Governments meeting at the COP15 UN Biodiversity Conference in Montreal (Canada) have reached an agreement after two weeks of negotiations. The "Kunming-Montreal Global Biodiversity Framework" aims to protect one third of land and oceans by 2030.
COP15. UN Biodiversity
This is not the Paris Biodiversity Agreement, but it is clearly a positive step in the right direction. In what direction? In the direction of making the conservation of biodiversity and the services it provides to society one of the key axes of its development.
Without the conservation of biodiversity and the natural processes that sustain it, the future of humankind will be threatened. This new global biodiversity framework explicitly recognises this and identifies general and specific targets for reversing biodiversity loss in the near future.
Not only does it state that existing natural values need to be protected, but that emphasis needs to be placed on restoring nature where its fundamental networks have been eroded and, above all, it identifies the need to reduce the impact of the agents of change that are behind this erosion (invasive species, pollution, unsustainable use of biodiversity, etc.). It is here that the global framework will come up against the reality of the existence of sectoral policies (food security, energy, etc.) that often work against the objectives set out in this framework, for example, the current European agricultural policy.
At least there has been a step forward in recognising the importance of tackling the biodiversity crisis and bringing it a little closer to the centre of the global policy agenda. The development of ambitious biodiversity plans at national level and the development of a framework for assessing and monitoring the framework will now be the main framework.
This is a historic agreement for what it represents, which could be summarised as: a) a global commitment to halt and reverse biodiversity loss by 2030; b) protect 30% of all land and ocean by 2030; c) restore 30% of degraded land by 2030; d) a commitment to end human-induced species extinctions by 2030; and e) unprecedented funding for nature.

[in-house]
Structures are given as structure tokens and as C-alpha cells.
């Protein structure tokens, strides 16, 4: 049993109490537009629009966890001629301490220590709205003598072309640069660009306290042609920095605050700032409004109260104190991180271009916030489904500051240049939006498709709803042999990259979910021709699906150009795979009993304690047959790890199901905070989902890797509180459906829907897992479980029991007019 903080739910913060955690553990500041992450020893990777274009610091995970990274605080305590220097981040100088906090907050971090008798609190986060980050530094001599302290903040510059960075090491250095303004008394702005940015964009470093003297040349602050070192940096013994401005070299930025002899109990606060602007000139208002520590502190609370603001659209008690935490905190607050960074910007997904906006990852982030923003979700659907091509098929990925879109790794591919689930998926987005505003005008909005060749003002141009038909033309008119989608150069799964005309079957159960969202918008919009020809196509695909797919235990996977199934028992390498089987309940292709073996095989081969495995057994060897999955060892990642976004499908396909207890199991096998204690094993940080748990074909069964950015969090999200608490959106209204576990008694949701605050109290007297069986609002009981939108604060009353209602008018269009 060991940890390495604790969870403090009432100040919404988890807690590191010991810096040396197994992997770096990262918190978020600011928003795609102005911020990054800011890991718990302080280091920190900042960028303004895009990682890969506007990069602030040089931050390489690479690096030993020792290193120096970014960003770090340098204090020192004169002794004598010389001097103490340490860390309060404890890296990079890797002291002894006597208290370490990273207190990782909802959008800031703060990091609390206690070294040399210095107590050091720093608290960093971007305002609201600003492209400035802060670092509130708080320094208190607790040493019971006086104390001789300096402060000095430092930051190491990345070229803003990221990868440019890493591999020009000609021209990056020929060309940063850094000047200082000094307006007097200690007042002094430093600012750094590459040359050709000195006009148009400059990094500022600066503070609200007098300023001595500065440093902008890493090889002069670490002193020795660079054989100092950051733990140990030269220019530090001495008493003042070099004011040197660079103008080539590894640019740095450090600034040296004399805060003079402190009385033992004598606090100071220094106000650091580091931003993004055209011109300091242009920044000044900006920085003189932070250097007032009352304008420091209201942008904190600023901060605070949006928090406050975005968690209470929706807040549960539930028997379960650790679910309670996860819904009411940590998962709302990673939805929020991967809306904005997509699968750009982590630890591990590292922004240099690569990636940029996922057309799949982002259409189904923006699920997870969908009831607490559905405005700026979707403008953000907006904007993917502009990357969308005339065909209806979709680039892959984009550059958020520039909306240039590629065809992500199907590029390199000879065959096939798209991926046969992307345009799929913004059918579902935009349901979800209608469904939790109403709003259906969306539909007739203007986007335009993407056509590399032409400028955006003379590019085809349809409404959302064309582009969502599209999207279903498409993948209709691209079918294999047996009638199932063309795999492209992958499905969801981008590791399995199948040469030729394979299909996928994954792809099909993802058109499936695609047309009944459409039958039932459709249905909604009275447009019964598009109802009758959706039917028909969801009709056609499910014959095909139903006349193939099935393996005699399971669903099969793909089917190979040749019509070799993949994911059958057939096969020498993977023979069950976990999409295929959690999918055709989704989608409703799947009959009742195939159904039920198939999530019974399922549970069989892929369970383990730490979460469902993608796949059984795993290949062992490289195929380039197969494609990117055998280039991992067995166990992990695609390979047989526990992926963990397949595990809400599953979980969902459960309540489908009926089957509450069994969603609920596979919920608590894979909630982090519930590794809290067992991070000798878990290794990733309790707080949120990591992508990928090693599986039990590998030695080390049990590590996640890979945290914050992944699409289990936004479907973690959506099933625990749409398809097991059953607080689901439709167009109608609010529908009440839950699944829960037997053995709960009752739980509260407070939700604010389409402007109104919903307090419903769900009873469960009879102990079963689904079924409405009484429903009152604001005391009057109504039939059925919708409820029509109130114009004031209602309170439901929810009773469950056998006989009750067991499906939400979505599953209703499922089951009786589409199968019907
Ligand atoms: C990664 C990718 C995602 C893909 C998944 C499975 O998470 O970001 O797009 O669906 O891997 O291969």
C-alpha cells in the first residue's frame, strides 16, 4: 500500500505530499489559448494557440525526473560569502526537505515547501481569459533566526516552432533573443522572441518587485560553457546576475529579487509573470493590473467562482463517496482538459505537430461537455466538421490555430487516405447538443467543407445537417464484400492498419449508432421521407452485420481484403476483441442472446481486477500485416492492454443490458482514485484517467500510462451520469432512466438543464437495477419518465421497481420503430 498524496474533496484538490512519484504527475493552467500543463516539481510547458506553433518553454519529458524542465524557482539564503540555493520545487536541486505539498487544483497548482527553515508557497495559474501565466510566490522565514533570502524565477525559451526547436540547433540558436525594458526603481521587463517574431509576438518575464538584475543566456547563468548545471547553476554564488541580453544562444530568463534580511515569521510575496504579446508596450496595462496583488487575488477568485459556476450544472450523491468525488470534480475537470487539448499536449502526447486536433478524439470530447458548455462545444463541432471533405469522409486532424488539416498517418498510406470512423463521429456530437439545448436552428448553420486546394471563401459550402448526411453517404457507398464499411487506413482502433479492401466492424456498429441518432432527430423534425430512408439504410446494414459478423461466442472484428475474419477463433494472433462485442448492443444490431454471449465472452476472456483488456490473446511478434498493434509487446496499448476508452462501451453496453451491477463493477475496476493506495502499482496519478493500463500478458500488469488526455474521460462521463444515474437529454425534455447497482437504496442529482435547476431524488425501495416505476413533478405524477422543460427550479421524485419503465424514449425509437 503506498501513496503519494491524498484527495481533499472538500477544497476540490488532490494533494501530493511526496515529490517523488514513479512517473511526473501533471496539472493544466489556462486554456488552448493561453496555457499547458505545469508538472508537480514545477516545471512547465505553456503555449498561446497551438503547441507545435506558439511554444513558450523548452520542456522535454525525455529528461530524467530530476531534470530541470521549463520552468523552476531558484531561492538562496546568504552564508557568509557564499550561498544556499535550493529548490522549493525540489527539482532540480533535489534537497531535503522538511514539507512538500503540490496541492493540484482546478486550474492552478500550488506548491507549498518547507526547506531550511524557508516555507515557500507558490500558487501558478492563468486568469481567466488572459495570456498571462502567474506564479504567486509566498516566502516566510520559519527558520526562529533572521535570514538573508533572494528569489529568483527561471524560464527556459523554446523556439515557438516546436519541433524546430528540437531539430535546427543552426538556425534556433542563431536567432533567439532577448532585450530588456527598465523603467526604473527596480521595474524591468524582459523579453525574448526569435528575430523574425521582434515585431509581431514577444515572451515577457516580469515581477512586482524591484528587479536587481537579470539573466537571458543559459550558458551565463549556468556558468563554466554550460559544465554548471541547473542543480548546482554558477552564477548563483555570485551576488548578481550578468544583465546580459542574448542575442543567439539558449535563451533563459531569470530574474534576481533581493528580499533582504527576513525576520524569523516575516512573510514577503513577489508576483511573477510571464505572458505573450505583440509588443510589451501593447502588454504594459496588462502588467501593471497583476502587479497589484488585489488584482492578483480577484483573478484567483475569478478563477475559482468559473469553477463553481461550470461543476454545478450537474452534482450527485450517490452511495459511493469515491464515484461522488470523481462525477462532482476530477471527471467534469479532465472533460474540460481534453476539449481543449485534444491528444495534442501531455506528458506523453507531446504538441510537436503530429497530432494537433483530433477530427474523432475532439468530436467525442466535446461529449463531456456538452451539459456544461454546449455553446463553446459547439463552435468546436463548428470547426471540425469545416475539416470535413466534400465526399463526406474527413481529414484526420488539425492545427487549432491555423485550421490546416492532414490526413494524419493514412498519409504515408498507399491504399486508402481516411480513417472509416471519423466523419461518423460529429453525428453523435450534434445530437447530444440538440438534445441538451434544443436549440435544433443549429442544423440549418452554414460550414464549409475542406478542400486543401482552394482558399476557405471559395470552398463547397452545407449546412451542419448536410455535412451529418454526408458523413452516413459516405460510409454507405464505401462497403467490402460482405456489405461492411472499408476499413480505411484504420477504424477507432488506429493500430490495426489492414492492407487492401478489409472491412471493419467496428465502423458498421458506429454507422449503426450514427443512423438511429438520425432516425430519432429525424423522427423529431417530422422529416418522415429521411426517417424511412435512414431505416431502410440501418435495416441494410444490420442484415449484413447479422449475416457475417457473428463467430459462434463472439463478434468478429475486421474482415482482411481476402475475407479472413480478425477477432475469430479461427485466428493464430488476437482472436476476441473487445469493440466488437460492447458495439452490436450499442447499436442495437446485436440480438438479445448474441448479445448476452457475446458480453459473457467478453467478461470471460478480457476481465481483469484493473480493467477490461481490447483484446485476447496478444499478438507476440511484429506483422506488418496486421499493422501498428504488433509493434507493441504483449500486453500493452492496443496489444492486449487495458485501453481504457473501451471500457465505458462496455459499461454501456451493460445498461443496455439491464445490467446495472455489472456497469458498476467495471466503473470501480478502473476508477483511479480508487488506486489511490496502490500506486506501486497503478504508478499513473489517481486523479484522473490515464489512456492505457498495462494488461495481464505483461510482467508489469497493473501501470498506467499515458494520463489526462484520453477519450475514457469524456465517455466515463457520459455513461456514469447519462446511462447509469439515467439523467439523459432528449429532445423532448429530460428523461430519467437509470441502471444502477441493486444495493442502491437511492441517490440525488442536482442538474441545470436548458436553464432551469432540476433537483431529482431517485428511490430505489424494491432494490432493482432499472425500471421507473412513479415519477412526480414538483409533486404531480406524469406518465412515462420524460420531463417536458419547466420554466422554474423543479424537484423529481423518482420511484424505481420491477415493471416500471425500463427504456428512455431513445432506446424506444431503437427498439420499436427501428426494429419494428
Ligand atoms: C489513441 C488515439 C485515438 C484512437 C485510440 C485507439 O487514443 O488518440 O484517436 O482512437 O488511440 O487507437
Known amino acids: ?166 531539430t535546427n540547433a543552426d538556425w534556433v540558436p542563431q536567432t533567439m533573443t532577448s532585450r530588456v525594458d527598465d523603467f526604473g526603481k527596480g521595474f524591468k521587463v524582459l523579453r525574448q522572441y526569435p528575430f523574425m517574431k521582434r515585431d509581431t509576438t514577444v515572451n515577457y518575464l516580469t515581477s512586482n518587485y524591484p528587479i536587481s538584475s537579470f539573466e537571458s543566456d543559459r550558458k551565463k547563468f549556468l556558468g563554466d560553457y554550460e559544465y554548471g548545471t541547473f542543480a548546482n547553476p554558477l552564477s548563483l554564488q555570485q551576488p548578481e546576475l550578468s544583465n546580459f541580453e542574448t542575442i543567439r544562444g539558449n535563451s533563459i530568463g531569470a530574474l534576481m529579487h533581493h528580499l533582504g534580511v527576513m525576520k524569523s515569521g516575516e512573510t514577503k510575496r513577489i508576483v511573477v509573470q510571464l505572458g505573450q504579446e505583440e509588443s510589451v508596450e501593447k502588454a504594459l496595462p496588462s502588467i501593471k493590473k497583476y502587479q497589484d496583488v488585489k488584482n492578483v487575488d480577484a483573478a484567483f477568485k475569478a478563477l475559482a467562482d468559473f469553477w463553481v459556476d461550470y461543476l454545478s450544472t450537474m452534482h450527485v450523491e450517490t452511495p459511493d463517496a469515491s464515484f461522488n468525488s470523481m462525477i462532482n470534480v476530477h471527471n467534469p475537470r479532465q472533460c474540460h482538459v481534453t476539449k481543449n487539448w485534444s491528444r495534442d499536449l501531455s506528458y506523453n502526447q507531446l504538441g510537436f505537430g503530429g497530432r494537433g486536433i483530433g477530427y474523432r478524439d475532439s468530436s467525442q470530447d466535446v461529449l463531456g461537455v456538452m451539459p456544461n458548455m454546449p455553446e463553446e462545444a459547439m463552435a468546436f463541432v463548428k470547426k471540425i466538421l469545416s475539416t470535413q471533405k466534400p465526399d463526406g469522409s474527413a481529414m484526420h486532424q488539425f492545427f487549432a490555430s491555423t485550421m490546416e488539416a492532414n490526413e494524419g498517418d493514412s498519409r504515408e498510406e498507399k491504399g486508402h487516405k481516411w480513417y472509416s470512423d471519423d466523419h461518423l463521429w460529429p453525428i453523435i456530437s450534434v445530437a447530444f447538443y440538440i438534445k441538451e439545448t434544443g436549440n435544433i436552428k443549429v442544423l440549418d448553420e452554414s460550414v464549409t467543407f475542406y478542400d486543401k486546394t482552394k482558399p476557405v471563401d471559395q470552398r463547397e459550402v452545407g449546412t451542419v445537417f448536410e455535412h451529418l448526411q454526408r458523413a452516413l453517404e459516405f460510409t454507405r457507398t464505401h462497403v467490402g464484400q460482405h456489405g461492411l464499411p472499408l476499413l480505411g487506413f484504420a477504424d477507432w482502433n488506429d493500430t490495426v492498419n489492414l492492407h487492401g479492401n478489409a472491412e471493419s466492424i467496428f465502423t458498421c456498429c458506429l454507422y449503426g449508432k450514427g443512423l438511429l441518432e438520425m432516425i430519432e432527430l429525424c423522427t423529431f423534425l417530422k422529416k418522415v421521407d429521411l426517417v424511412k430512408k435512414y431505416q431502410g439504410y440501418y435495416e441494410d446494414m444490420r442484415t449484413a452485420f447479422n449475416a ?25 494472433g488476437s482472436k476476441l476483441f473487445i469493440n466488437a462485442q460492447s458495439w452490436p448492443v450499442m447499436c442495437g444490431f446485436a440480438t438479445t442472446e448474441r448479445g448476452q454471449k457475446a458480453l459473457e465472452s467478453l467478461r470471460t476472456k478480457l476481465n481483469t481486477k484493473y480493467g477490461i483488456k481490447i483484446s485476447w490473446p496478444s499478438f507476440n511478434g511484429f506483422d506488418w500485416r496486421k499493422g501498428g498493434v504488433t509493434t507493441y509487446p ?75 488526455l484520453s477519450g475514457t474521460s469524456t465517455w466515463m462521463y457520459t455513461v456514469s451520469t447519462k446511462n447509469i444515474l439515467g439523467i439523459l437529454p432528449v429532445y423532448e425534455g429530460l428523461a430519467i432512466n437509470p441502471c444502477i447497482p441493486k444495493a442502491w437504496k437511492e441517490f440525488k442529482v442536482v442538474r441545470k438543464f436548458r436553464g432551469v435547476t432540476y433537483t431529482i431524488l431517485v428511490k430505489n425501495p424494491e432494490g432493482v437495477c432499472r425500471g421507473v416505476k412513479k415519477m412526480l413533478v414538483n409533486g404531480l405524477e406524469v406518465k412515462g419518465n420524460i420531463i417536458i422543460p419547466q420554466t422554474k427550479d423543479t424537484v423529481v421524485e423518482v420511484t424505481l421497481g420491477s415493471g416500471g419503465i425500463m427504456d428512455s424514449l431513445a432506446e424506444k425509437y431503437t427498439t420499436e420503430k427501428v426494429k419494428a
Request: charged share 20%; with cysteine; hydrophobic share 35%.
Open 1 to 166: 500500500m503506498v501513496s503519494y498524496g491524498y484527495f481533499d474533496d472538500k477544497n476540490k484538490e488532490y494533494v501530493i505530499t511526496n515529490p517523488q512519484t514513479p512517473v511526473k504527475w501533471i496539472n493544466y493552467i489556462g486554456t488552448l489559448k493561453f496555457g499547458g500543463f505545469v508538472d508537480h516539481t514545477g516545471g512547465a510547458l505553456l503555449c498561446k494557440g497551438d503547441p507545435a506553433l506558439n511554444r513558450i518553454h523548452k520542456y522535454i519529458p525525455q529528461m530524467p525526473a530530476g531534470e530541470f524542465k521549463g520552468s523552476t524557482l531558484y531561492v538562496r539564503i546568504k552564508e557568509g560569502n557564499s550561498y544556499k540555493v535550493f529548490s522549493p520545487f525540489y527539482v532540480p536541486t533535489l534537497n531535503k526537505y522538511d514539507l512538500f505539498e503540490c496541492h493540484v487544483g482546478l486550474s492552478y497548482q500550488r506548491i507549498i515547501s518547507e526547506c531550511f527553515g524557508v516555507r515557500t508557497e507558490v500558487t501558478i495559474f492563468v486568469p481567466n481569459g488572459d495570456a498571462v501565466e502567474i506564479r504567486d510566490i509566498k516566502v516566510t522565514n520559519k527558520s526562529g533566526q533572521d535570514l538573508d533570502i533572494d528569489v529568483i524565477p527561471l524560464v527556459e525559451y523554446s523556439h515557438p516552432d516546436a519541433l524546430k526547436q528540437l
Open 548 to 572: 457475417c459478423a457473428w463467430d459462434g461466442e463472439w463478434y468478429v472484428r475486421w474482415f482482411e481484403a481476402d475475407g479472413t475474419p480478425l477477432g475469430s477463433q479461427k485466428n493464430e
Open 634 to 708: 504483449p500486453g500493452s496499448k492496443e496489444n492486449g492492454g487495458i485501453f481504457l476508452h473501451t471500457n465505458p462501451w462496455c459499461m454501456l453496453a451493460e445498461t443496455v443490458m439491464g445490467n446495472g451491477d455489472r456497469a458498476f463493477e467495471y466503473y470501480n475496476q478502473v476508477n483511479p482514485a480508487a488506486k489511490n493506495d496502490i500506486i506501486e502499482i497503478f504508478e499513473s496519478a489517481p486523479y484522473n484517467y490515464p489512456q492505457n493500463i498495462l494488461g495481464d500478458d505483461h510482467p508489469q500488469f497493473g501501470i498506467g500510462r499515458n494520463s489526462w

The hard work begins now: implementing all these goals in record time, less than 10 years. There is a lot of work ahead, including for the scientific community. Our role will be how to support decision-makers in translating the targets at national, regional and local levels, how to create favourable conditions for implementation and, of course, monitoring to be able to assess whether the implemented actions help us move in the right direction. The agreement is far from perfect and could have benefited from more political ambition, but nothing detracts from the fact that it has taken a lot of hard work to get this far and we now have a roadmap on which we can all work in the same direction.
Miembro del comité asesor del SMC España.
Biodiversity monitoring is one of the concepts that is reinforced in the new Kunming-Montreal Global Biodiversity Framework, not only because it is highlighted in some of its targets, but also because it establishes a long-term monitoring framework to ensure compliance with the commitments made.
This monitoring framework is to be operational from 2025 and is based on a set of (mandatory) headline indicators together with a battery of other optional indicators, all of which are related to the goals and targets set.
One of the most arduous aspects negotiated by the least developed countries has been the financing of this ambitious monitoring framework, which has resulted in a commitment to increase the financial flow from developed countries by 30 billion dollars by 2030 (target 19), which, among other things, will serve to guarantee the deployment of the indicators finally accepted.